Case study 2022: Emily So

Professor of Architectural Engineering, University of Cambridge

Emily So is Professor of Architectural Engineering at the University of Cambridge. Here she describes the connections she has developed as part of CSaP's network, and how these connections have informed not only her work but also the work of the policy makers she meets with.

As an academic I regularly absorb knowledge, however, most of the time I am so stuck within my own discipline that it becomes difficult to engage with a wide range of practice. The major question many of us have is, how can our research impact society? CSaP has been such an eye-opener in that respect.

I lead a group at the University of Cambridge called the Centre for Risk in the Built Environment (CURBE). My research focuses on how buildings are affected by natural hazards, including earthquakes, floods, and heatwaves, and determining what behaviours and mitigation strategies might influence survival, especially in developing countries.

I have been fortunate enough to have met with many of CSaP's Policy Fellows. One of the first was Elizabeth Surkovic, back when she was Deputy Director for Science, at the Government Office for Science. I keep in touch with her. It is wonderful to see and hear how academic research is relevant and informing practice there. It has enabled me to think about developing an evidence base to translate into practical solutions to help inform policy.

Thanks to CSaP’s Executive Director, Rob Doubleday, I have been able to forge connections with other academics at the University as well. One of the most important links has been with Professor Anna Alexandrova and Professor Mike Kenny; together with Rob Doubleday, we formed an interdisciplinary group that led to a project called Expertise Under Pressure. As part of this project, we have been exploring the role of experts in society and how to improve the communication of expertise.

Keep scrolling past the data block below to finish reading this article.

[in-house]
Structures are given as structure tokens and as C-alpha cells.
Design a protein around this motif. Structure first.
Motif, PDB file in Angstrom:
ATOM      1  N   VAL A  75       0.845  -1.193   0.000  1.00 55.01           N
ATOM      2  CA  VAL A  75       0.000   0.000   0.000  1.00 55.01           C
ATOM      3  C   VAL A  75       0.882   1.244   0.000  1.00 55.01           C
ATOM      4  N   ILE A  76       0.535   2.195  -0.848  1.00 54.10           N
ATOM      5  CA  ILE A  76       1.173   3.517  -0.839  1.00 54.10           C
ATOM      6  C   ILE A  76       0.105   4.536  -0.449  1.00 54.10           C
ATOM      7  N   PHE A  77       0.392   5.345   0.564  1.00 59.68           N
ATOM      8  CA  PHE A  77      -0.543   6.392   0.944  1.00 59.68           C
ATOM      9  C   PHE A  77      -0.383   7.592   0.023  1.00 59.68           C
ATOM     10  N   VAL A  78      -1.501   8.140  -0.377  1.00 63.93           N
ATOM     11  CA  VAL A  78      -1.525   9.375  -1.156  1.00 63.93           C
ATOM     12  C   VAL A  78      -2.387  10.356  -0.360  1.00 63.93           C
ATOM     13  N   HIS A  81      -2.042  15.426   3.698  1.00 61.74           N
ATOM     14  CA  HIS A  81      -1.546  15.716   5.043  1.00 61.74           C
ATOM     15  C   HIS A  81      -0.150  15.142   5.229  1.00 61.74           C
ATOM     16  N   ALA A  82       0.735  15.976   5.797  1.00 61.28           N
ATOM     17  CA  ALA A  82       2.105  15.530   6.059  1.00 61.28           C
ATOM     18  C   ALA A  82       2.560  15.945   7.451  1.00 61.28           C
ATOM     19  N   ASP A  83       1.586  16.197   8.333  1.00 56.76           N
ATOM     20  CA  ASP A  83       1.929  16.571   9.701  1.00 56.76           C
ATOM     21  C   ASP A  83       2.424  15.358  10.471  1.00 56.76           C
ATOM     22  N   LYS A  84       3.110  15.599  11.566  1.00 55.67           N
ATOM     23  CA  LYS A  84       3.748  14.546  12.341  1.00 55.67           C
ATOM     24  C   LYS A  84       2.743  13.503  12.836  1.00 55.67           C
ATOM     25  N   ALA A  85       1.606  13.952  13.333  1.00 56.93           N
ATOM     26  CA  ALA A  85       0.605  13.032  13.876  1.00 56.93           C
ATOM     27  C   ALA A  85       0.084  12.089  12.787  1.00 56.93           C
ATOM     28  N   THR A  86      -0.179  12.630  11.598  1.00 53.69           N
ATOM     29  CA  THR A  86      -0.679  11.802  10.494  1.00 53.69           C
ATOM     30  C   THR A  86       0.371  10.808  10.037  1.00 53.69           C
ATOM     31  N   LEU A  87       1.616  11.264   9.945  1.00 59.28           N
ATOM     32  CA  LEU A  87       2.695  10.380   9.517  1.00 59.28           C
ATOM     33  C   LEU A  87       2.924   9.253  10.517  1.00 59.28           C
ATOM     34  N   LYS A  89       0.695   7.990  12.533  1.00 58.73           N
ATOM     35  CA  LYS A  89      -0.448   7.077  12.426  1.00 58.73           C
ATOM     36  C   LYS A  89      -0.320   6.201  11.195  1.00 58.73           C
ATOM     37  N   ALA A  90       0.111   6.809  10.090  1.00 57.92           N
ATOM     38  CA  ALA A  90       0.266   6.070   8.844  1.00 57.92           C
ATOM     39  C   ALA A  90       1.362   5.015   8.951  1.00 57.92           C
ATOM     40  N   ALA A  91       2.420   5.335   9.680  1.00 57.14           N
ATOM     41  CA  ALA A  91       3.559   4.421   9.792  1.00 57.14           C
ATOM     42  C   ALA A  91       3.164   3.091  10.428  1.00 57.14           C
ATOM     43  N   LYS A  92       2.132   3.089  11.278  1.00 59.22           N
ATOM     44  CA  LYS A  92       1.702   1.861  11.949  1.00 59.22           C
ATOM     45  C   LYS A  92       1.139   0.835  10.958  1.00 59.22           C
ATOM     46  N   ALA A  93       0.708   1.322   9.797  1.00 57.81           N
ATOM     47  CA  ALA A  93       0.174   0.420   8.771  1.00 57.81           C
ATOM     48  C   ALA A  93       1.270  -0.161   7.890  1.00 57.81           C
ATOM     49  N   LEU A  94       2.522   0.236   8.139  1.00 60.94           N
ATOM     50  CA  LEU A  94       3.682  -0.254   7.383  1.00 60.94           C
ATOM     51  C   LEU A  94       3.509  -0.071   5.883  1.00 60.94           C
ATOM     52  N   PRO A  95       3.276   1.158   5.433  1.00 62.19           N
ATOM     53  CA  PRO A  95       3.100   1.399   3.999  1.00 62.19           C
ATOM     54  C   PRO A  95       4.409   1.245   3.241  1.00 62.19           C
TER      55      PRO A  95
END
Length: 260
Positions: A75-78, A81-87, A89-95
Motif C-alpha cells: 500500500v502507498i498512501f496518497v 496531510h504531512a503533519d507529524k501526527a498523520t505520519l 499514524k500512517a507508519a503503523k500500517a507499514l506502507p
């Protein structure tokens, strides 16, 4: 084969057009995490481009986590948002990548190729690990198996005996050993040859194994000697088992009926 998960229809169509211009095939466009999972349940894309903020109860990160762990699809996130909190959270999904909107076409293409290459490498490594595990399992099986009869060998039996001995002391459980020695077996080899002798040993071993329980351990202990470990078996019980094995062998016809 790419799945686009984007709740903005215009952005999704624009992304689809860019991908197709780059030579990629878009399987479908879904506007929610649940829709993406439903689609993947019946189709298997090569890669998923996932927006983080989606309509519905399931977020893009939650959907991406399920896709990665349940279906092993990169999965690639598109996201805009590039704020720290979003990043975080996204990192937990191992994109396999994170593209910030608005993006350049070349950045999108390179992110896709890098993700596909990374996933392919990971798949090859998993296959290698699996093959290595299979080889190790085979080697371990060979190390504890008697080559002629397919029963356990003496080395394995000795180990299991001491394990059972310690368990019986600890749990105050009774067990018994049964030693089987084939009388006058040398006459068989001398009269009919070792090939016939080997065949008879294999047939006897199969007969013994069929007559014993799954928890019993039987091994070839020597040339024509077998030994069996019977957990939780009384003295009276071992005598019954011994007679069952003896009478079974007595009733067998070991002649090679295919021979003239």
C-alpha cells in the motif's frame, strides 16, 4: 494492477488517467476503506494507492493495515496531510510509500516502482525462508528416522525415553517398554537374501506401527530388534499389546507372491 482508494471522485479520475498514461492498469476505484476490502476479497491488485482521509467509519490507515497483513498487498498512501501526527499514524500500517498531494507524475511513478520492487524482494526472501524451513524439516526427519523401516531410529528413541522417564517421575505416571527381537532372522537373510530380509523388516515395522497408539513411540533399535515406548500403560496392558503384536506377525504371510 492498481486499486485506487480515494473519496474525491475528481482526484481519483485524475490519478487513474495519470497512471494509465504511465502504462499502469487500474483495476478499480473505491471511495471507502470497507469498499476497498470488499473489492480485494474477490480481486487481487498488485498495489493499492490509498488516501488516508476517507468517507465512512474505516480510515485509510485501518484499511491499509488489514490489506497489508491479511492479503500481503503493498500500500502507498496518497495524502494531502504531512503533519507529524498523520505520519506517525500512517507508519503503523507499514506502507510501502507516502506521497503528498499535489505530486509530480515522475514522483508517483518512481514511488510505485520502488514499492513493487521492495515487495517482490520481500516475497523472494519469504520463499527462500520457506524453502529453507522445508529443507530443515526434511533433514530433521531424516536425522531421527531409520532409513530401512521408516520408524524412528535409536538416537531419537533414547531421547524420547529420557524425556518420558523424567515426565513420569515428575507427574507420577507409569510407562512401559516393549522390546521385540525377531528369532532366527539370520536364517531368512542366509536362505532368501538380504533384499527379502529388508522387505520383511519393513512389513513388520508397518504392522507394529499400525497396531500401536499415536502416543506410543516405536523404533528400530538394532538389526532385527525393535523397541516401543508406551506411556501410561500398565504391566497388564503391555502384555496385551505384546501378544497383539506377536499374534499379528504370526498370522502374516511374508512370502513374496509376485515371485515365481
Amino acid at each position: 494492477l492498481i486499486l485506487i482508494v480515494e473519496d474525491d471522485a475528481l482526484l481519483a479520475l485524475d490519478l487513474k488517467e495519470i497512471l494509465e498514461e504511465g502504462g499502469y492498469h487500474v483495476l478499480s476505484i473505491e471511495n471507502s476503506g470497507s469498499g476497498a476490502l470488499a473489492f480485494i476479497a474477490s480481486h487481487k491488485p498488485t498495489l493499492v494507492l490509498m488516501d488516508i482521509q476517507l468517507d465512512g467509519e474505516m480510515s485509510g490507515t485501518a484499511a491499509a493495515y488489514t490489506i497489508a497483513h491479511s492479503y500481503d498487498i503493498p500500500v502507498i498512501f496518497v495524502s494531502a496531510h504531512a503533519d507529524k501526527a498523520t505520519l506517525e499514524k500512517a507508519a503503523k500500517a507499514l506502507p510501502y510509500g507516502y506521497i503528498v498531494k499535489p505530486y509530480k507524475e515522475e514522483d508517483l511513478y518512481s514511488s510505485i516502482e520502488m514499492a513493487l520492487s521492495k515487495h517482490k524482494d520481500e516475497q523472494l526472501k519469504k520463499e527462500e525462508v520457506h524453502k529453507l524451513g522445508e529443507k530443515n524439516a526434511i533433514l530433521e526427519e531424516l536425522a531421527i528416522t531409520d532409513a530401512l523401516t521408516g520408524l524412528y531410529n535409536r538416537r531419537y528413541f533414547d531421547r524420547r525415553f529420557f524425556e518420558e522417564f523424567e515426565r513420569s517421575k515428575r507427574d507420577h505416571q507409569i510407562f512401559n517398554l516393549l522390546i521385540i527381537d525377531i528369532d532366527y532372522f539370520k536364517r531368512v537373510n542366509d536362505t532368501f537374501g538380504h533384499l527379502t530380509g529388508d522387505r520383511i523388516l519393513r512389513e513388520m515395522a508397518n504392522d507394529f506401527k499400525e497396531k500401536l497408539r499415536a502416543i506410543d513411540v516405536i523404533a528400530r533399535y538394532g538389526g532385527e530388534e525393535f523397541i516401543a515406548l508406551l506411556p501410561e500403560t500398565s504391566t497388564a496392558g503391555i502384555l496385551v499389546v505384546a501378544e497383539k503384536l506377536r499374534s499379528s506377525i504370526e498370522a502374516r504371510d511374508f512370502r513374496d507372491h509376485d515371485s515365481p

It is so useful to find out what is going on behind closed doors in government and how far the technology has been developed in certain areas. Recently I attended a workshop where we discussed remote sensing and how the data and information it generates, can help with quantifying risk in the future.

At a CSaP Policy Leaders Fellowship Day, I remember sitting next to Sir Patrick Vallance, who, at the time, was just starting in his position as the UK Government Chief Scientific Advisor. It was so interesting to hear how he connects his own scientific knowledge to the role, which reinforced the importance of scientific knowledge becoming the backbone of policies on science and climate resilience in the future.

In 2022, I was invited to co-host CSaP's Science and Policy Podcast on 'Science, Policy and Climate Resilience', which focused on how to accelerate climate priorities after the COP26 UN Climate Change Conference in Glasgow. It was a huge pleasure and privilege to hear from guests working across a broad array of disciplines. Professor Dame Julia King, Baroness Brown of Cambridge, featured in the series and our conversation was very fruitful. She suggested that with global temperatures rising, we should reconsider the way we work and when exams should take place within schools in the UK. I learnt a lot from her; it was an important insight from an expert I admired and wanted to connect with, which I was able to do through CSaP.